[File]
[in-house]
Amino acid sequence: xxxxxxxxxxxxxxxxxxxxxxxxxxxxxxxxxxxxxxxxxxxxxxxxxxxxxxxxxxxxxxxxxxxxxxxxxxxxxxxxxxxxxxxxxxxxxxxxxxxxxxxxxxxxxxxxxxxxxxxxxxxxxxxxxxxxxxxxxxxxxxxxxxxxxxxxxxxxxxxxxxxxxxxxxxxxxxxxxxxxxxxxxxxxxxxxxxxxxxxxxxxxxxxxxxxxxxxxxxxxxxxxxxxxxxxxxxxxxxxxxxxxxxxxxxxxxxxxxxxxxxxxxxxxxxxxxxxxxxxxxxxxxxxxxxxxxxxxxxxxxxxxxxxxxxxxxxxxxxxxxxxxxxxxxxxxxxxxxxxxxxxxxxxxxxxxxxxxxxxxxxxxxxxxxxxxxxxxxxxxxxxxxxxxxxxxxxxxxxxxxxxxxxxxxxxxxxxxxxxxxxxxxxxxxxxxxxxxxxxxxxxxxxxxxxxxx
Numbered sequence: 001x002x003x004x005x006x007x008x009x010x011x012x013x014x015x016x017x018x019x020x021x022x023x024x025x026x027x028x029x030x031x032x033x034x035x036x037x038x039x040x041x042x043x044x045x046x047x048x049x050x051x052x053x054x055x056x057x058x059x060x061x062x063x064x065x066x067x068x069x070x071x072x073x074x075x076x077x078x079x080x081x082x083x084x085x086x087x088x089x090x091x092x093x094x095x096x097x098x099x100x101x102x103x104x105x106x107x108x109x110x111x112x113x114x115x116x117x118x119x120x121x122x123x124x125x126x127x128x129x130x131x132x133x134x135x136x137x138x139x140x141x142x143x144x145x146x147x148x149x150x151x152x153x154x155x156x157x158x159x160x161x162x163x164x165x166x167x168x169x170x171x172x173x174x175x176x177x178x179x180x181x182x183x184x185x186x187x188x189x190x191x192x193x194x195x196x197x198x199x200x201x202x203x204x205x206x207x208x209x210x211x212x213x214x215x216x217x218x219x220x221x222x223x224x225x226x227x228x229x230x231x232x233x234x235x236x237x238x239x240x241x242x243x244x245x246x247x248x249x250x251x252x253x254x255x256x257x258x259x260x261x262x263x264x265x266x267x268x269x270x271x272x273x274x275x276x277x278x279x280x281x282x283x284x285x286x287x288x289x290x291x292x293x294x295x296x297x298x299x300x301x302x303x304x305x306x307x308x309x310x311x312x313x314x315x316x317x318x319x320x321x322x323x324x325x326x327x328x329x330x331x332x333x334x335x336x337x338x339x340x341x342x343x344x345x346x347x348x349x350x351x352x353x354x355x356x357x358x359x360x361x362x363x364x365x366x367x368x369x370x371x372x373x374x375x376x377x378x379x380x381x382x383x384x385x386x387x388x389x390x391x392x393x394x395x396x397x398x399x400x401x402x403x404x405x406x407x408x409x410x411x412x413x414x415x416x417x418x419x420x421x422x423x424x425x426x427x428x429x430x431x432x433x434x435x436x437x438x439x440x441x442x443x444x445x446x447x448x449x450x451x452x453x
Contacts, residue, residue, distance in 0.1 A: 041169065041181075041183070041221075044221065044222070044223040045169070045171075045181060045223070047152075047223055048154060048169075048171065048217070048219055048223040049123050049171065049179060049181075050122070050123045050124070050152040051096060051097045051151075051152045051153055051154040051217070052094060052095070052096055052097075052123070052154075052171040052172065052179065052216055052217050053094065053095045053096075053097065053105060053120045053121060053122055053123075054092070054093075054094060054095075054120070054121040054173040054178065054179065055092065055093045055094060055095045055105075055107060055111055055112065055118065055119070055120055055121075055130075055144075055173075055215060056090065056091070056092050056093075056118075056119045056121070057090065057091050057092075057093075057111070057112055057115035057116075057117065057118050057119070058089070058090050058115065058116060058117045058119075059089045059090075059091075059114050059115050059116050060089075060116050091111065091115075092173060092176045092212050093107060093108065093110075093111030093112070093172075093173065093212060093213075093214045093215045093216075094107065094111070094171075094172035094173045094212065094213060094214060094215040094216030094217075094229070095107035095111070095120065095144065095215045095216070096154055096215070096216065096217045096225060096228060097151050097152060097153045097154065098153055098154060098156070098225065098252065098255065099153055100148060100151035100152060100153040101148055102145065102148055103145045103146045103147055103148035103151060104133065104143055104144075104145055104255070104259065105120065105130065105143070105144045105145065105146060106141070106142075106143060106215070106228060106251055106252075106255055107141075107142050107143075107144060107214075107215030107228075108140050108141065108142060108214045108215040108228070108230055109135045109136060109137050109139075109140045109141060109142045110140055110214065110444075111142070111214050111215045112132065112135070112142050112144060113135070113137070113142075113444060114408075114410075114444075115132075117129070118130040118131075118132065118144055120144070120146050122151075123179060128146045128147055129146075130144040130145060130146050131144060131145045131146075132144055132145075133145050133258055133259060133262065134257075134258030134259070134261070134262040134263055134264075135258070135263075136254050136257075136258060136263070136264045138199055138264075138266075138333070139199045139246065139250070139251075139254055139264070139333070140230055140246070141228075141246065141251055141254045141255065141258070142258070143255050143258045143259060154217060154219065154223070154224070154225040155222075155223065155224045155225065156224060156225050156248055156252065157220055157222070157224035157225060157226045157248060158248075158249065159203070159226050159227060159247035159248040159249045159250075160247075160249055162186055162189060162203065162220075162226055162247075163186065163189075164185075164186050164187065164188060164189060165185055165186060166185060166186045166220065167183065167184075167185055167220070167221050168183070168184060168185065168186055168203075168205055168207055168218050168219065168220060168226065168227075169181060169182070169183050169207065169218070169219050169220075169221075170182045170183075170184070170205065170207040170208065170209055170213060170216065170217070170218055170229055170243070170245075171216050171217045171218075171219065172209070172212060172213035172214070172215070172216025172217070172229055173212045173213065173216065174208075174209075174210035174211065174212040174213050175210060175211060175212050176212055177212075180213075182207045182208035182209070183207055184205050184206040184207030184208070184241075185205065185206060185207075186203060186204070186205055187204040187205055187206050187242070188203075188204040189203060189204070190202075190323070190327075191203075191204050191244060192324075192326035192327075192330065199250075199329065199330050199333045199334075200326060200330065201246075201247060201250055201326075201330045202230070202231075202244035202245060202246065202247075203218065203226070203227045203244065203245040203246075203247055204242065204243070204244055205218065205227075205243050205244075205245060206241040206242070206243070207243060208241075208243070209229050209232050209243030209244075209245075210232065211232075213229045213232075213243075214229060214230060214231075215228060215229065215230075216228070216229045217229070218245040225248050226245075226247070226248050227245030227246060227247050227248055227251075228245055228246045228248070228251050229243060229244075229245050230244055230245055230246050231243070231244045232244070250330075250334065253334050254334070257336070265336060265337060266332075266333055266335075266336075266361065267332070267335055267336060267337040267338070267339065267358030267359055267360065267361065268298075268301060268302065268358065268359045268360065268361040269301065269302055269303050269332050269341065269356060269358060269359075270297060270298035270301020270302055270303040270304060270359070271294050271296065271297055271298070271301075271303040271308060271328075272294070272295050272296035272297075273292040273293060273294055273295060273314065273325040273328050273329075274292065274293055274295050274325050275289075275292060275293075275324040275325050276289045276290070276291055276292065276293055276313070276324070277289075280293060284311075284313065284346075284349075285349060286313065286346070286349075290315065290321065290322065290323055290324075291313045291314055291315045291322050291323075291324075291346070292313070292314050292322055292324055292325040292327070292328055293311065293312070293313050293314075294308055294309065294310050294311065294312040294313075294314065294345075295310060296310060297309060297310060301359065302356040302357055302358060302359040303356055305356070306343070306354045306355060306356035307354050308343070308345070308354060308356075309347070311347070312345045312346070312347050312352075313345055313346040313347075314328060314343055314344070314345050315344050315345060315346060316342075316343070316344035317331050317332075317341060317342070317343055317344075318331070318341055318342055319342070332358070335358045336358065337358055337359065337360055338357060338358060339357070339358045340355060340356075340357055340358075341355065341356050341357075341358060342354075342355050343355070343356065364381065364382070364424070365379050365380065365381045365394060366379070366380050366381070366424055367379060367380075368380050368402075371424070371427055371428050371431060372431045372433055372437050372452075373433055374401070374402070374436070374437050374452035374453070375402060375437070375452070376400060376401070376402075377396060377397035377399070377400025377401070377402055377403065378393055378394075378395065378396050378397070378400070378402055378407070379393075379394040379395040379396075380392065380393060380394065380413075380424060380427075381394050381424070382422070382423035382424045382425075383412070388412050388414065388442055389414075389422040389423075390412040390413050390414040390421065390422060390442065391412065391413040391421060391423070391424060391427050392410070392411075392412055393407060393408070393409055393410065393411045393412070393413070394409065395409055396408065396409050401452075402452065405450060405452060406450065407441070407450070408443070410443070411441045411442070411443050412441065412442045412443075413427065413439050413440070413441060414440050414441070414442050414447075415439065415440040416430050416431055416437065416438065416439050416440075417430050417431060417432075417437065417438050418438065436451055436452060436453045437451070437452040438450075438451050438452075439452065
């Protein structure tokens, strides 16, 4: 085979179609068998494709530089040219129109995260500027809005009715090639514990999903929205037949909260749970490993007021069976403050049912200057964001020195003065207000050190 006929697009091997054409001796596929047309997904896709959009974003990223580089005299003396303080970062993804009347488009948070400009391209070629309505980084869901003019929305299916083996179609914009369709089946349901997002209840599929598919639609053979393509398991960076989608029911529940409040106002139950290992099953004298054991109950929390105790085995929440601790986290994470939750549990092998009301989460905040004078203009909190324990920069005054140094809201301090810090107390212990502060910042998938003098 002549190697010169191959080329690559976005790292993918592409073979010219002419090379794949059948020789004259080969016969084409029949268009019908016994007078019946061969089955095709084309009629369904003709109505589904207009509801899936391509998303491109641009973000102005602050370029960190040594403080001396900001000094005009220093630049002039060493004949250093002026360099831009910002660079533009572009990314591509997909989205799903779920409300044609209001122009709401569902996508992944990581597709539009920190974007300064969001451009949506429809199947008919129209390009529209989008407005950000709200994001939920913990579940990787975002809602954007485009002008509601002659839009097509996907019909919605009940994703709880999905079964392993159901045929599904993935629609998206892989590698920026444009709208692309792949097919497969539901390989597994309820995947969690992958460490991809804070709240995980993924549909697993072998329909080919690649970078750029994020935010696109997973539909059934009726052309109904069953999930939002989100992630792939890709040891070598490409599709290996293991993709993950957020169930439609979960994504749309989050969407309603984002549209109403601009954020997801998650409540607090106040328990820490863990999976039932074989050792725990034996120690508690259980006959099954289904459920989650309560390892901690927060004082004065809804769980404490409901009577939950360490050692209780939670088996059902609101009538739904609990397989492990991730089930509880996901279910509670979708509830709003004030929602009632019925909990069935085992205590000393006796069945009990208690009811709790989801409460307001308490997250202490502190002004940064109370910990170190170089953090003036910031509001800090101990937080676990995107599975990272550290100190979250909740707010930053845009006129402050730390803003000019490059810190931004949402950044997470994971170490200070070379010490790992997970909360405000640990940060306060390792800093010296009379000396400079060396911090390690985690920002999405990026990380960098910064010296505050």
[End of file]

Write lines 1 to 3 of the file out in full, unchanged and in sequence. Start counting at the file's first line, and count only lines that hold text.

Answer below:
[in-house]
Amino acid sequence: xxxxxxxxxxxxxxxxxxxxxxxxxxxxxxxxxxxxxxxxxxxxxxxxxxxxxxxxxxxxxxxxxxxxxxxxxxxxxxxxxxxxxxxxxxxxxxxxxxxxxxxxxxxxxxxxxxxxxxxxxxxxxxxxxxxxxxxxxxxxxxxxxxxxxxxxxxxxxxxxxxxxxxxxxxxxxxxxxxxxxxxxxxxxxxxxxxxxxxxxxxxxxxxxxxxxxxxxxxxxxxxxxxxxxxxxxxxxxxxxxxxxxxxxxxxxxxxxxxxxxxxxxxxxxxxxxxxxxxxxxxxxxxxxxxxxxxxxxxxxxxxxxxxxxxxxxxxxxxxxxxxxxxxxxxxxxxxxxxxxxxxxxxxxxxxxxxxxxxxxxxxxxxxxxxxxxxxxxxxxxxxxxxxxxxxxxxxxxxxxxxxxxxxxxxxxxxxxxxxxxxxxxxxxxxxxxxxxxxxxxxxxxxxxxxxxx
Numbered sequence: 001x002x003x004x005x006x007x008x009x010x011x012x013x014x015x016x017x018x019x020x021x022x023x024x025x026x027x028x029x030x031x032x033x034x035x036x037x038x039x040x041x042x043x044x045x046x047x048x049x050x051x052x053x054x055x056x057x058x059x060x061x062x063x064x065x066x067x068x069x070x071x072x073x074x075x076x077x078x079x080x081x082x083x084x085x086x087x088x089x090x091x092x093x094x095x096x097x098x099x100x101x102x103x104x105x106x107x108x109x110x111x112x113x114x115x116x117x118x119x120x121x122x123x124x125x126x127x128x129x130x131x132x133x134x135x136x137x138x139x140x141x142x143x144x145x146x147x148x149x150x151x152x153x154x155x156x157x158x159x160x161x162x163x164x165x166x167x168x169x170x171x172x173x174x175x176x177x178x179x180x181x182x183x184x185x186x187x188x189x190x191x192x193x194x195x196x197x198x199x200x201x202x203x204x205x206x207x208x209x210x211x212x213x214x215x216x217x218x219x220x221x222x223x224x225x226x227x228x229x230x231x232x233x234x235x236x237x238x239x240x241x242x243x244x245x246x247x248x249x250x251x252x253x254x255x256x257x258x259x260x261x262x263x264x265x266x267x268x269x270x271x272x273x274x275x276x277x278x279x280x281x282x283x284x285x286x287x288x289x290x291x292x293x294x295x296x297x298x299x300x301x302x303x304x305x306x307x308x309x310x311x312x313x314x315x316x317x318x319x320x321x322x323x324x325x326x327x328x329x330x331x332x333x334x335x336x337x338x339x340x341x342x343x344x345x346x347x348x349x350x351x352x353x354x355x356x357x358x359x360x361x362x363x364x365x366x367x368x369x370x371x372x373x374x375x376x377x378x379x380x381x382x383x384x385x386x387x388x389x390x391x392x393x394x395x396x397x398x399x400x401x402x403x404x405x406x407x408x409x410x411x412x413x414x415x416x417x418x419x420x421x422x423x424x425x426x427x428x429x430x431x432x433x434x435x436x437x438x439x440x441x442x443x444x445x446x447x448x449x450x451x452x453x